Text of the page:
(b.) As an empirical matter, small mergers producing a low level of concentration generally are unlikely to be associated with consumer harm. In this regard, cases like Von's Grocery Company obviously no longer reflect appropriate merger policy, despite the statute's incipiency mandate. Even though the Guidelines' statements that low-concentration mergers within their safe harbor are "unlikely" to have anticompetitive effects and "ordinarily" require no further analysis are correct, increased guidance could be provided by specifying those rare circumstances where a challenge might nevertheless be appropriate. These exceptions should be made explicit and transparent, and should be limited to situations involving an industry with a history of collusion, or mergers that involve the elimination of a maverick or a weakening of a maverick's behavioral incentives.
(c.) Another reason why presumptions drawn from high concentration should be rebuttable is the fact that market definition is an imperfect procedure and, as a related point, certain common market definition procedures create the potential for systematic errors in defining markets. Procedures deserving reconsideration include: the use of the prevailing price as the pricing benchmark for the ssnip test ["small but significant and nontransitory increase in price"] for measuring cross-elasticity of demand; the use of critical loss analysis; and the principle that the agencies will adopt the smallest market definition that satisfies the ssnip test. The smallest market principle should be deleted from the Guidelines entirely. The validity of the use of the prevailing price in the ssnip test and critical loss analysis should not be assumed, but rather should be carefully evaluated in every merger investigation.(3)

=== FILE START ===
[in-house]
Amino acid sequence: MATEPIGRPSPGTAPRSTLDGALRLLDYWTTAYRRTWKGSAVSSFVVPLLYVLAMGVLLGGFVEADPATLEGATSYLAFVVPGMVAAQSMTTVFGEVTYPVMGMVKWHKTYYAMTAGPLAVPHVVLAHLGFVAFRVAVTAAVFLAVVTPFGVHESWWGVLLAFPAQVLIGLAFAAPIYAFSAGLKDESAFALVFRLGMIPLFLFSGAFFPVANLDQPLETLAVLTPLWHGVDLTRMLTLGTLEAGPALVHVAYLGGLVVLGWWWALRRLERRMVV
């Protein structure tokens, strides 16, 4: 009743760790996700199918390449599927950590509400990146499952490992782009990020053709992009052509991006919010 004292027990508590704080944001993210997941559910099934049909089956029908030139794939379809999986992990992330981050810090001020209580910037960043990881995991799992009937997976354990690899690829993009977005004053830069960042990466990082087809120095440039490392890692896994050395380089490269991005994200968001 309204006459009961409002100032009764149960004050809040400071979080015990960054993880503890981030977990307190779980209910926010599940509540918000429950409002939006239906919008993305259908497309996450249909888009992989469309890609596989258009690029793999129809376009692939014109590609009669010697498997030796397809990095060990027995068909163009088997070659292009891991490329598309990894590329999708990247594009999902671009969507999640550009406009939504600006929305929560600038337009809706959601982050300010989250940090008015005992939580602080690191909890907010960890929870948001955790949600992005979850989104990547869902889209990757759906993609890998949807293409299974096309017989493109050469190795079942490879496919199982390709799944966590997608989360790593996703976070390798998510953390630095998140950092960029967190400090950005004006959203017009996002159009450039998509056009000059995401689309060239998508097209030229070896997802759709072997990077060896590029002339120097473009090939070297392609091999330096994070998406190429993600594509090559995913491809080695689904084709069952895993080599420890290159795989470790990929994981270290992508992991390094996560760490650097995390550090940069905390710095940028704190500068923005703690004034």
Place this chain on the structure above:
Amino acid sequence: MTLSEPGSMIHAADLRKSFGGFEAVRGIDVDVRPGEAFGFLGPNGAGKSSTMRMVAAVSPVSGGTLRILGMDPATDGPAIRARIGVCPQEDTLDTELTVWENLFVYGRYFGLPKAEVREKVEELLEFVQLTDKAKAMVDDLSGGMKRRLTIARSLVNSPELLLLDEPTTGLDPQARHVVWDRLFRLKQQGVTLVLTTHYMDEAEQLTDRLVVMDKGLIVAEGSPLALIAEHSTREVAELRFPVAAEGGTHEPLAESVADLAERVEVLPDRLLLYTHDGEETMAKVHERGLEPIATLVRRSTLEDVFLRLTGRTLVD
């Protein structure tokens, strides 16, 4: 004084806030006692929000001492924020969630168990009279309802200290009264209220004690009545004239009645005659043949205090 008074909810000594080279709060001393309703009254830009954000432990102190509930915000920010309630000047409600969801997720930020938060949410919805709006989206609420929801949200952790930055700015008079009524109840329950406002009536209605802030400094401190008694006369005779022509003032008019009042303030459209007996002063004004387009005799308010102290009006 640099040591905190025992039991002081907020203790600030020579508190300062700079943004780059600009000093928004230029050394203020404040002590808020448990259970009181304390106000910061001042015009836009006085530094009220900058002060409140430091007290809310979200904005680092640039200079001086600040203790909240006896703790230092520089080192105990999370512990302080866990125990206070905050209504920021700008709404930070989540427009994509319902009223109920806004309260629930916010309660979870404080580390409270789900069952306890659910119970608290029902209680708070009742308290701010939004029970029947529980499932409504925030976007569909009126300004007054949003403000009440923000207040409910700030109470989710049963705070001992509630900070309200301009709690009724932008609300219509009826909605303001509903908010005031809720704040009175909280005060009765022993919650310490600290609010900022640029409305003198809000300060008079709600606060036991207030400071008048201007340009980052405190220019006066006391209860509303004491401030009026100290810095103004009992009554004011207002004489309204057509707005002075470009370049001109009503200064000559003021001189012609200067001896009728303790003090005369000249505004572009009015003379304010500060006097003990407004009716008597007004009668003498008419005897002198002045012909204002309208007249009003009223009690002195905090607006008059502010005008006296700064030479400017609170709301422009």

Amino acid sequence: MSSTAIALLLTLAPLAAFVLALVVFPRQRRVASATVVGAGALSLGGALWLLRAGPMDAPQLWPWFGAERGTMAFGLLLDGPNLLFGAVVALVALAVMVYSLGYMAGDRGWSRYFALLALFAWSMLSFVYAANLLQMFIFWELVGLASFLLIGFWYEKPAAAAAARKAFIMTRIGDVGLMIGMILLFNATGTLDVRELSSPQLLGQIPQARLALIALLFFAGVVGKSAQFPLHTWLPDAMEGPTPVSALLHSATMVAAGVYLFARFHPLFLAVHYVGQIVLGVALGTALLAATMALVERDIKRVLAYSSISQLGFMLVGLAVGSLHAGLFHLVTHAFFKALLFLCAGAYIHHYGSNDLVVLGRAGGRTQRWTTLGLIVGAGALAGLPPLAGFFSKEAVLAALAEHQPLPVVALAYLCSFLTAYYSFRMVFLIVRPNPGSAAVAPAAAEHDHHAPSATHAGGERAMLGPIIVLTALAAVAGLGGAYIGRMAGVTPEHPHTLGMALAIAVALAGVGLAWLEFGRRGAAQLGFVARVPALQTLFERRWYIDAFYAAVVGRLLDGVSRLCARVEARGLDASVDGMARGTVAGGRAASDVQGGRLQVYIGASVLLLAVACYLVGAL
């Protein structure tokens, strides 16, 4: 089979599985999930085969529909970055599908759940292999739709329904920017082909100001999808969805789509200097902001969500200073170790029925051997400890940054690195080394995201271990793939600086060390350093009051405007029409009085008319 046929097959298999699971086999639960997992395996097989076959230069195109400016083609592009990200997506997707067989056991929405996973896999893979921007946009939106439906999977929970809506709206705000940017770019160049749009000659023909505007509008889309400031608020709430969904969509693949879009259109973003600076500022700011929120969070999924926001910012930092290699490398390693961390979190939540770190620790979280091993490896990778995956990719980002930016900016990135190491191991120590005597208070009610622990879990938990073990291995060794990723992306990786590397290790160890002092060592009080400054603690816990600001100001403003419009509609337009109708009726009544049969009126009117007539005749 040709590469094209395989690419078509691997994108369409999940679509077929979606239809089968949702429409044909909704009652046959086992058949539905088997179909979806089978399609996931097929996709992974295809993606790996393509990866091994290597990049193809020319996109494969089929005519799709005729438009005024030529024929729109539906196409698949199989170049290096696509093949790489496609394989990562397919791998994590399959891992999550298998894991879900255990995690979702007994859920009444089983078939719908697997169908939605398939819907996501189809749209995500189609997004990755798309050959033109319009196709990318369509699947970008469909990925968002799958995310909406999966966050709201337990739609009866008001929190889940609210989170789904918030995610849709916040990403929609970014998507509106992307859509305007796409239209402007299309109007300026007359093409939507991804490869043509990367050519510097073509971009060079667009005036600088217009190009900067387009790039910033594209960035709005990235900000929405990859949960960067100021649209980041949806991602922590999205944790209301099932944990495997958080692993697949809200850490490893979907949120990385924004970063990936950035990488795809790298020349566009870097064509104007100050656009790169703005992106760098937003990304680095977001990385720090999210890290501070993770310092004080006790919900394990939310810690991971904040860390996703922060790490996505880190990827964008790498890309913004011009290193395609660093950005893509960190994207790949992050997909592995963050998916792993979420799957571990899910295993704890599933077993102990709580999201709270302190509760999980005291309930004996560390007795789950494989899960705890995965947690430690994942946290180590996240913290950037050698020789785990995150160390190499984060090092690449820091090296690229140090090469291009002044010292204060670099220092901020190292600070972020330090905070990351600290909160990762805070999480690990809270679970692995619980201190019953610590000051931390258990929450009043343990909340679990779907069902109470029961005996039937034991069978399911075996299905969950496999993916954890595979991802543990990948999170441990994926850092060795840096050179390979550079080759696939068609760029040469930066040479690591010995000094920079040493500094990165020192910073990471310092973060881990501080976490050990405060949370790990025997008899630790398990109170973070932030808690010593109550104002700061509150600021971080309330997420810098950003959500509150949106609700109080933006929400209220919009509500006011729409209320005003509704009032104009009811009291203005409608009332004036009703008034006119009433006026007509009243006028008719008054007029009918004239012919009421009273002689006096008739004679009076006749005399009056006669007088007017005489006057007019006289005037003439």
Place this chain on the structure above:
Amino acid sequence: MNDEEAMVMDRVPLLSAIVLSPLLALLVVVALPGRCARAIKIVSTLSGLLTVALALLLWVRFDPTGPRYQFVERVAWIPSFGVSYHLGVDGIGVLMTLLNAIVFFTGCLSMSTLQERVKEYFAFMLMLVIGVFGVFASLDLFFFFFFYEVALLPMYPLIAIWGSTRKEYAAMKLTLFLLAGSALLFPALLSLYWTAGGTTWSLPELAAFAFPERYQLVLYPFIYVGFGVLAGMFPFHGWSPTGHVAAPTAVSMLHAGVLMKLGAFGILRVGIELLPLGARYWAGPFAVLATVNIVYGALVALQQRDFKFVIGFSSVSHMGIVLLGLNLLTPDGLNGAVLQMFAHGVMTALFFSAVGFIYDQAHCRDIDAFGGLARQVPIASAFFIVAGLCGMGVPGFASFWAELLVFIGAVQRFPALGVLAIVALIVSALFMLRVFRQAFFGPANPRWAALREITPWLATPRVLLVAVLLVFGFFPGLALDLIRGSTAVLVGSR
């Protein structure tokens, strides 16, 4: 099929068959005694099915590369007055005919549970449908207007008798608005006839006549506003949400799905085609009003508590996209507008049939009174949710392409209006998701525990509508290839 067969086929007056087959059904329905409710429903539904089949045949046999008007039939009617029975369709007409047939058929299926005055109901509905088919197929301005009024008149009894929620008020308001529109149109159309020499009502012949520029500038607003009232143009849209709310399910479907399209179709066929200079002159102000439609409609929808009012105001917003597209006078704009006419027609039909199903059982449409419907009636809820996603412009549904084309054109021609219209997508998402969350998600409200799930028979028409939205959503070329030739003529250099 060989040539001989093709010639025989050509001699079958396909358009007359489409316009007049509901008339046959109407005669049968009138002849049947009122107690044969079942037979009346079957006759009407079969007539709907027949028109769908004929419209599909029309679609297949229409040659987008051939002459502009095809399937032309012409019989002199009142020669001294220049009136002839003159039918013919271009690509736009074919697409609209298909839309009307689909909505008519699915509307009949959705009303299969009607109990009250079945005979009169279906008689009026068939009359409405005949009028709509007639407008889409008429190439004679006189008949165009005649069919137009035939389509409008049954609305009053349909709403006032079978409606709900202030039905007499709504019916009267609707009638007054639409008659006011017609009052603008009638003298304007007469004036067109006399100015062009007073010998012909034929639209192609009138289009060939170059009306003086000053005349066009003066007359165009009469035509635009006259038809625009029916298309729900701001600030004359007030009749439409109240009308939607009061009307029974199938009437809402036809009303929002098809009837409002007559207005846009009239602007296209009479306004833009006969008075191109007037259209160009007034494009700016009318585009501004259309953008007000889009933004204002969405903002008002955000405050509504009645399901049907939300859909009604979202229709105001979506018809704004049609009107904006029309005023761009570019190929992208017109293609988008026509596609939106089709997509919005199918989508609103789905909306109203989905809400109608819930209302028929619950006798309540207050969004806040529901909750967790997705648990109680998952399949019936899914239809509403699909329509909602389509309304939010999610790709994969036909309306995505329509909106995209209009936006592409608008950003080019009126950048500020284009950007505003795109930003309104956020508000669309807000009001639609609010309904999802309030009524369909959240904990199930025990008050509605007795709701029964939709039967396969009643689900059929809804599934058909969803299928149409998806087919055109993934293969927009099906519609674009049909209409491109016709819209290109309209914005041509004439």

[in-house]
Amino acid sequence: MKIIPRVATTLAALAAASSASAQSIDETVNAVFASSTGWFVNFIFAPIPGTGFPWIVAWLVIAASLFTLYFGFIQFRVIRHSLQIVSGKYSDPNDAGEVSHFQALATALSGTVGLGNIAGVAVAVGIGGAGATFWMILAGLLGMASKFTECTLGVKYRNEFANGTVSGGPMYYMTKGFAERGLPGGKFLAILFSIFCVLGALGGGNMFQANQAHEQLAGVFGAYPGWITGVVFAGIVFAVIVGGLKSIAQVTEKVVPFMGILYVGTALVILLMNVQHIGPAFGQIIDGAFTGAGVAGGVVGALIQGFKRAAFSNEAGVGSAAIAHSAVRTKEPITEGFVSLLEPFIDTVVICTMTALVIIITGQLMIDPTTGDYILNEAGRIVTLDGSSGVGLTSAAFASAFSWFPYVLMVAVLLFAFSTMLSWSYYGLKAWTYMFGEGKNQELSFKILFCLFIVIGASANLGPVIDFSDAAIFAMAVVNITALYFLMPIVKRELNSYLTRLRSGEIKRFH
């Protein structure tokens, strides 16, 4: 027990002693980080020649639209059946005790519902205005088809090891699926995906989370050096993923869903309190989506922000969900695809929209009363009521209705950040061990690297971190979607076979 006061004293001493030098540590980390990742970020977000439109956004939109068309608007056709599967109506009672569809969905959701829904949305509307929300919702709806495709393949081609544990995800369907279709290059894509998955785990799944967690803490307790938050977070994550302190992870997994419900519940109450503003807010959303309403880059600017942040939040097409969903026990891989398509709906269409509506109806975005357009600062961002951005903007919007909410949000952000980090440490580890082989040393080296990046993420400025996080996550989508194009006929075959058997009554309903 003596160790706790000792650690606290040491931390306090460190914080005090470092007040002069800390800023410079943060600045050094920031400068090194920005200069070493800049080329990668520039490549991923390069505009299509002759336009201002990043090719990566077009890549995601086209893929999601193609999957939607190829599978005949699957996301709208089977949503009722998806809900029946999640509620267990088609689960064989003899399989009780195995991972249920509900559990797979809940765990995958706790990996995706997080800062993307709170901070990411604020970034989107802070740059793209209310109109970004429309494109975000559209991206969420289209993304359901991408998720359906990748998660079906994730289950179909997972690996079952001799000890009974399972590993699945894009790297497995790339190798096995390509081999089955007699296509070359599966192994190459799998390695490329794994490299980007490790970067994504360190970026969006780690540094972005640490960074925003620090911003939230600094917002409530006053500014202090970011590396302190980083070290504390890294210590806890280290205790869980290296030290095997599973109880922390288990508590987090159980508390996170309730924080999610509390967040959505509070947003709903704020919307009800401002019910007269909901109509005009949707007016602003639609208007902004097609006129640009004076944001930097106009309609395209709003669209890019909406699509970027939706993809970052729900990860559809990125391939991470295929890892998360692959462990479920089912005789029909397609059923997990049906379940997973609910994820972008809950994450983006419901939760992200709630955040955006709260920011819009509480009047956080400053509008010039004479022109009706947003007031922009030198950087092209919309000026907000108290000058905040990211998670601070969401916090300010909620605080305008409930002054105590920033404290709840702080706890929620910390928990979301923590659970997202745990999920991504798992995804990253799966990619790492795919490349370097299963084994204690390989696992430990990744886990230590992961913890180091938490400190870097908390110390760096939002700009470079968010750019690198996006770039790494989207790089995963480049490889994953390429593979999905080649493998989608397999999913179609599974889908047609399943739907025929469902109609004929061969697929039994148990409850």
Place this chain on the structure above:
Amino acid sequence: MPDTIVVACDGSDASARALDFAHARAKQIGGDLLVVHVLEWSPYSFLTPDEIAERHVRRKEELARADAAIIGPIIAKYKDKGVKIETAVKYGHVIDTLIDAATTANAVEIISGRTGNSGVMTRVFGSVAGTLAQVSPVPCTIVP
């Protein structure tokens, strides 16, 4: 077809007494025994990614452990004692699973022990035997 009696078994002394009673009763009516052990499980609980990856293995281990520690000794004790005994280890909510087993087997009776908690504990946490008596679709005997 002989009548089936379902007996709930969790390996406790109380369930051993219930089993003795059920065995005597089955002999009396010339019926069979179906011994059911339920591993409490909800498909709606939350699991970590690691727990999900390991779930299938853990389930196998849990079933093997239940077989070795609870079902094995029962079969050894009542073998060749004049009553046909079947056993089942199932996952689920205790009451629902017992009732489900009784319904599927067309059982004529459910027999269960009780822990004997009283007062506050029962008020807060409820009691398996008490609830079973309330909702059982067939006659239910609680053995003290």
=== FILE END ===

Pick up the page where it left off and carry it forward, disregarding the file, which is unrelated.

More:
(d.) Though empirical research admittedly does not support a single "bright line" level of concentration or market share for determining when mergers are anticompetitive, the public identification of rebuttable threshold presumptions has served as a useful policy guide, channeling enforcement discretion and yielding an important degree of predictability for business planning. Recognizing that predictability is limited by the inherent vagaries of market definition and the difficulties of forecasting such factors as future market entry and competitive effects, merger analysis should be not so much a scientific endeavor as an administrable process of applying educated judgment to careful fact-finding within a commonly accepted, albeit ultimately imprecise, methodological framework.